CRC 1266 - Scales of Transformation

In Europe, the first millennium BC is – with its process of a transition from prehistoric to historic and from tribal to state societies – structured by prominent transformations and represents a significant period in the history of mankind.

This process, starting in the Dark Ages (1200/1075–700 BC) in Greece and at the transition from the Bronze Age to the Iron Age (800 BC) in Central Europe, involves various transformations which led to the emergence of pre-state and state societies. This process was not straightforward and homogeneous, but rather complicated and diverse. The role of different parameters can be discussed, but further research is necessary in order to understand the complex relationships between them. Social organization changed according to political developments. The period under consideration was a key moment for the development of new settlement forms which went hand in hand with changes in settlement patterns. The role of agglomerations may have been different at different times and in different areas. Consequently, it is a stimulating research question, whether central and/or urban agglomerations were involved in the development of state societies.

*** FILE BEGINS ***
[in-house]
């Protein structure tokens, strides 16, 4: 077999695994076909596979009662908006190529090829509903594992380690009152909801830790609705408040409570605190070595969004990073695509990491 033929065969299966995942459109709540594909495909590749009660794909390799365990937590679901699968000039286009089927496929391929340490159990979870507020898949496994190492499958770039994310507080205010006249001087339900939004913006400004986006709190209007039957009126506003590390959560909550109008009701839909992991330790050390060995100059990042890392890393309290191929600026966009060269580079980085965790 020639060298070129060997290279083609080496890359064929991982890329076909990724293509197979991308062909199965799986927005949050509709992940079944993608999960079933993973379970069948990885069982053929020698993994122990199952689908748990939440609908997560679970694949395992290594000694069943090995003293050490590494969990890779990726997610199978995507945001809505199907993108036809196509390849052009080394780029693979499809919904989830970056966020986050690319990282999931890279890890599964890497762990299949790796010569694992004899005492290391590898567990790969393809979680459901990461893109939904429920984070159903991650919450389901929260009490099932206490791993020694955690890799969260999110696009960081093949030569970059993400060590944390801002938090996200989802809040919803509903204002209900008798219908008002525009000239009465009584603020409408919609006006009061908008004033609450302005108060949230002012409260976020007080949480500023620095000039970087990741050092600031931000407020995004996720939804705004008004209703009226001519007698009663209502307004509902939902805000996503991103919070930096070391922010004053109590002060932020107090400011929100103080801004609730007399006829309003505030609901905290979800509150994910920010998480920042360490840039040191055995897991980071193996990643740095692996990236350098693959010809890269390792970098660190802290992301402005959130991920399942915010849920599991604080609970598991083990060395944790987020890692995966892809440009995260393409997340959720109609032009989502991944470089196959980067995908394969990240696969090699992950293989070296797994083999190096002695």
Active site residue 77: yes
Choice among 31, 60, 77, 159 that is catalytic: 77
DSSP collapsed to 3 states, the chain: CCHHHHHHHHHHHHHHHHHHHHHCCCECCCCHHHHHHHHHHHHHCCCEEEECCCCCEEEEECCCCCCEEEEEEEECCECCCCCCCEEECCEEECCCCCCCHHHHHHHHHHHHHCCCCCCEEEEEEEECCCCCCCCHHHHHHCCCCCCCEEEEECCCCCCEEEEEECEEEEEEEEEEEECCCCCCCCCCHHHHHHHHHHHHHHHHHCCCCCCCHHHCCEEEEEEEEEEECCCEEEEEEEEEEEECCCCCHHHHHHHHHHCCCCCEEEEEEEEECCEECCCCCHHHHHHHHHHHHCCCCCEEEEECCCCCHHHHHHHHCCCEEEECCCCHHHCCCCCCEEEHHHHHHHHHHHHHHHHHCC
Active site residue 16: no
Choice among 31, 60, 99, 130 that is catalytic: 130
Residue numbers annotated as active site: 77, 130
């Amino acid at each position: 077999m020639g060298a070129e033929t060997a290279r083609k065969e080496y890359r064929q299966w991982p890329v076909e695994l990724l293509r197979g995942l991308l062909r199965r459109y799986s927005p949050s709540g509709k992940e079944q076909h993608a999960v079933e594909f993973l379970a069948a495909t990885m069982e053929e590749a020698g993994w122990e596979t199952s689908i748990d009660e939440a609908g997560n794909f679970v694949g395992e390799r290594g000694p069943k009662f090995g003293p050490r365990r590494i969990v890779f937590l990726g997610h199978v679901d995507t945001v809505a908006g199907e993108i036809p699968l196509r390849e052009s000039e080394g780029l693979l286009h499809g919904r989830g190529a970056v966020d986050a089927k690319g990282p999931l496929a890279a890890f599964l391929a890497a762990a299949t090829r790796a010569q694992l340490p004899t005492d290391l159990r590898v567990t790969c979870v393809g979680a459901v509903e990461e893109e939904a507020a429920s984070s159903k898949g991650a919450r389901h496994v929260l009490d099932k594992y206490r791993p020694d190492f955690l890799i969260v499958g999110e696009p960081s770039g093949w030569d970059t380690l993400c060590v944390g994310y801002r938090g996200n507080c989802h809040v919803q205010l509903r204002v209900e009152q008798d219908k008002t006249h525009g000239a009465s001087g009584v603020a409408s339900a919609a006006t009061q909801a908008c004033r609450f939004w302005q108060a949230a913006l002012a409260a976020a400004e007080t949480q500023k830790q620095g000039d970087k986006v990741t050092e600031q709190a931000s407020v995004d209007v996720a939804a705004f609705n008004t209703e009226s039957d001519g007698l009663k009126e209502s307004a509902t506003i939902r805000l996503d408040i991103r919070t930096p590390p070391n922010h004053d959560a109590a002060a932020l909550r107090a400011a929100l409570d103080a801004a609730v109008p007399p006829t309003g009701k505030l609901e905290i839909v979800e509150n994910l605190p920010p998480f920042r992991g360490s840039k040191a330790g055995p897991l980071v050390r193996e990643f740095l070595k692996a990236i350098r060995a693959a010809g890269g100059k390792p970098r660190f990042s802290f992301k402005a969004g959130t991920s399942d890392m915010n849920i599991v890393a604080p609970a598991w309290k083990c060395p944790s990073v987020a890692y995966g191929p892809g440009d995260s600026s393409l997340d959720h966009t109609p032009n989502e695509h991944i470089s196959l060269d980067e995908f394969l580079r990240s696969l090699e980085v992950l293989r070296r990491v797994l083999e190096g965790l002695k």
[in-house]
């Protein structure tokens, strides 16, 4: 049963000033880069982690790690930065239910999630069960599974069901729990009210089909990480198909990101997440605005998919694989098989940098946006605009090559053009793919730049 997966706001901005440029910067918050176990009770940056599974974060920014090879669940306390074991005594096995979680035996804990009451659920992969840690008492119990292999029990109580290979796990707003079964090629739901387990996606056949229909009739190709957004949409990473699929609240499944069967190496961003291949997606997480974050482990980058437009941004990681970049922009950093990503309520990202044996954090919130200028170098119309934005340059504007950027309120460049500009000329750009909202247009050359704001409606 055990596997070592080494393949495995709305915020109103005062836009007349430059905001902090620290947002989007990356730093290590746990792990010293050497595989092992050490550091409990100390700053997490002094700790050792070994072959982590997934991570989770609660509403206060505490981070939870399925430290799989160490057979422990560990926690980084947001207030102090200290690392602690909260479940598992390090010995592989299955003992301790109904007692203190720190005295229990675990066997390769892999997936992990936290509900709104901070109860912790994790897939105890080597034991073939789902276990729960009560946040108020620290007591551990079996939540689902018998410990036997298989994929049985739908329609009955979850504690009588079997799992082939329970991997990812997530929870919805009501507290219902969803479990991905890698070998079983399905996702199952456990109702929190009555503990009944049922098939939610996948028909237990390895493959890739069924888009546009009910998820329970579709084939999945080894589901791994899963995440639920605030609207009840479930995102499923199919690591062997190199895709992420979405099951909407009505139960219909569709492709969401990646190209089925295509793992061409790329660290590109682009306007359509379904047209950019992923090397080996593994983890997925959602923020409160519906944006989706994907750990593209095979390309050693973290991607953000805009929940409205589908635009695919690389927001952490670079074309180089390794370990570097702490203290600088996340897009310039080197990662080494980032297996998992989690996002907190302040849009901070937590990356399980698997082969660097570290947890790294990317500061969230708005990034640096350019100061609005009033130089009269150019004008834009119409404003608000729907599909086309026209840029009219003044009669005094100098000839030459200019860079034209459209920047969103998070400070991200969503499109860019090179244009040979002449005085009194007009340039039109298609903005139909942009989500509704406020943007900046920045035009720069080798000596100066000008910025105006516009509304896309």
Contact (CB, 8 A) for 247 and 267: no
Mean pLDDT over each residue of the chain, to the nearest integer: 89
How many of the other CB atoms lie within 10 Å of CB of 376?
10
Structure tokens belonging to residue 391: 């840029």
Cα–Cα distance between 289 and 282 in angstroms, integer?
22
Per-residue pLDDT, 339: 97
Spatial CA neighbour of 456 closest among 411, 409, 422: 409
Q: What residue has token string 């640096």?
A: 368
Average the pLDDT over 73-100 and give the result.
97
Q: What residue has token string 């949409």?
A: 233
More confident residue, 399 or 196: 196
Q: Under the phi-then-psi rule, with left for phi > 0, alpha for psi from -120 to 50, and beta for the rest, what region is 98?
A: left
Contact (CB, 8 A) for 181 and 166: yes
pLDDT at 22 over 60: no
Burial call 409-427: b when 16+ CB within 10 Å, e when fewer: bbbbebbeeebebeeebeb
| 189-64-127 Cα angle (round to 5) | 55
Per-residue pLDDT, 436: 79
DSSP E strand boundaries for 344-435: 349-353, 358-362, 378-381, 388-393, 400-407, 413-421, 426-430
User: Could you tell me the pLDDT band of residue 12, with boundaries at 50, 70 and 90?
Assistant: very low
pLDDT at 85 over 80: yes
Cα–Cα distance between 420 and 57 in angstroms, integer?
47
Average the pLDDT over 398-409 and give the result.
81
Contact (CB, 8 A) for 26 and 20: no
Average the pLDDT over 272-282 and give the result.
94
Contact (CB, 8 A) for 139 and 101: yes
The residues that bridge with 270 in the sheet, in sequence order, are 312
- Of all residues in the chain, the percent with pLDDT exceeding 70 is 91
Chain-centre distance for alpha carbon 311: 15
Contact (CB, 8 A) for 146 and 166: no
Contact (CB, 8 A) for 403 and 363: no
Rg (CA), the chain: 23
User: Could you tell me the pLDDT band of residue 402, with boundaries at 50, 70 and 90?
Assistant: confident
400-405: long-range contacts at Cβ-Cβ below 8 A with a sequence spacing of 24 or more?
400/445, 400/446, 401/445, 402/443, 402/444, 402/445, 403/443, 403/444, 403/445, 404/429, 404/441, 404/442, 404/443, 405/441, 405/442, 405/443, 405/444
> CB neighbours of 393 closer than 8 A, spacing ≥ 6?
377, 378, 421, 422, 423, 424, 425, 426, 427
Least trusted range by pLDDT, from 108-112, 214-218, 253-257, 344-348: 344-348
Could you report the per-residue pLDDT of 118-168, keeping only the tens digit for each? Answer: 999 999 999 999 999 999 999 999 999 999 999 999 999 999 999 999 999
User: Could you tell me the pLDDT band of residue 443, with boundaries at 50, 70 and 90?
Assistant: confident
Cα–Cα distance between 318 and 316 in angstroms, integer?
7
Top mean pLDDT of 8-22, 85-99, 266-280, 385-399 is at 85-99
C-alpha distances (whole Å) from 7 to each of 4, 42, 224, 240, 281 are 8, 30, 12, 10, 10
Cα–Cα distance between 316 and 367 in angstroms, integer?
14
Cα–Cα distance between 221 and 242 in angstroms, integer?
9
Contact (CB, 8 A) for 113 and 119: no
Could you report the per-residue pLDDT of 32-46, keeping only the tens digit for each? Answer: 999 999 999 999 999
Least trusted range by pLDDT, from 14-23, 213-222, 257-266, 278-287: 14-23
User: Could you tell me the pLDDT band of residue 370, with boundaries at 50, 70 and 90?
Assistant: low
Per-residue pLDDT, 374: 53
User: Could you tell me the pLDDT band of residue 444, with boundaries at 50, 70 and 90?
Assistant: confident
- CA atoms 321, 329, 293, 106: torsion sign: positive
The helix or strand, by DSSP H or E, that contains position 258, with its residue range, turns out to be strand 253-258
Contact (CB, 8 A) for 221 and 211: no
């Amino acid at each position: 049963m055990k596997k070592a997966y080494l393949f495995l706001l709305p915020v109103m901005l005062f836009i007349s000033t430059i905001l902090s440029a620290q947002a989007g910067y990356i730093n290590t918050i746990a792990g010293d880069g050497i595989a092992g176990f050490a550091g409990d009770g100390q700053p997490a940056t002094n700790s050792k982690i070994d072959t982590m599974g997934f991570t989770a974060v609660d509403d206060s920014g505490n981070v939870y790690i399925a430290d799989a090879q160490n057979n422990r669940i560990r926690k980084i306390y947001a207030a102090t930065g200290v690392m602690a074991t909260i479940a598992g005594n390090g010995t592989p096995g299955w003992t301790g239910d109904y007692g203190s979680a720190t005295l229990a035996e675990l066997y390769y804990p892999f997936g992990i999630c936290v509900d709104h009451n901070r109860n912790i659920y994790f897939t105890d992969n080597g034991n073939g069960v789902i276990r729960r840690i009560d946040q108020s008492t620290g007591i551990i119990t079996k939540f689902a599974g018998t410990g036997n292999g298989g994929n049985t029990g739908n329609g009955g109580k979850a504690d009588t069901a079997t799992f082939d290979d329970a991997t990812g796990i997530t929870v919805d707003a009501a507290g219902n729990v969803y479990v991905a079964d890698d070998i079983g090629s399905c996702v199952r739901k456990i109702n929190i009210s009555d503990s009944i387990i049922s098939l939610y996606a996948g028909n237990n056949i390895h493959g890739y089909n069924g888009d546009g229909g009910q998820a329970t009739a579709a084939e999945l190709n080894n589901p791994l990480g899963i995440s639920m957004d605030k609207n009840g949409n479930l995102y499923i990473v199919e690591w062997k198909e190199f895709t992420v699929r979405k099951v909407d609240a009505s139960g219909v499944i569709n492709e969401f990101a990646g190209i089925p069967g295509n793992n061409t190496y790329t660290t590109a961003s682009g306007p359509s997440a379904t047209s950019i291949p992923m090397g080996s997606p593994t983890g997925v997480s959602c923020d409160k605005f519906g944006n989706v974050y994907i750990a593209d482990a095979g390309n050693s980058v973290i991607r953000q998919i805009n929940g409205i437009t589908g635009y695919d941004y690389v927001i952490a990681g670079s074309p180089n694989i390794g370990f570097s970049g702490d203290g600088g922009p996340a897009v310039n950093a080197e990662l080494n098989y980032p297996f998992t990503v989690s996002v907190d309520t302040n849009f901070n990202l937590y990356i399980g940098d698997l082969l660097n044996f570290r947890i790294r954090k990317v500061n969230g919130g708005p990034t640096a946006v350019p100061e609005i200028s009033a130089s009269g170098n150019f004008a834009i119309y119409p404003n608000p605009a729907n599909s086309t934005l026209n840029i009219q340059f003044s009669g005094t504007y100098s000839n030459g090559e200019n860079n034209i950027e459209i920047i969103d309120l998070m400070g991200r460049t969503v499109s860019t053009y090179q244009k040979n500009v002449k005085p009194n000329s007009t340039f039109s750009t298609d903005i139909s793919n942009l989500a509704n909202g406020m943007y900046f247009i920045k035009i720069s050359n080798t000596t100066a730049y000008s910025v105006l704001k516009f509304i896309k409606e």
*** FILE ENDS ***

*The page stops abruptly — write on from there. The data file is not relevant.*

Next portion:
The three sub-projects in Cluster E discuss relevant ‘stages’ of this process. After the end of the Bronze Age palatial system with its specific social and political forms of interaction, ‘Dark Age’ Greece constituted the formation phase of the later polis society (E1). In some of its phenomena, it is structurally comparable to processes that later also occurred in Iron Age Europe (E2). Project E3 focusses on a late formative stage when state structures were fully developed: the 6th to 2nd century BC in the Eastern Mediterranean region.

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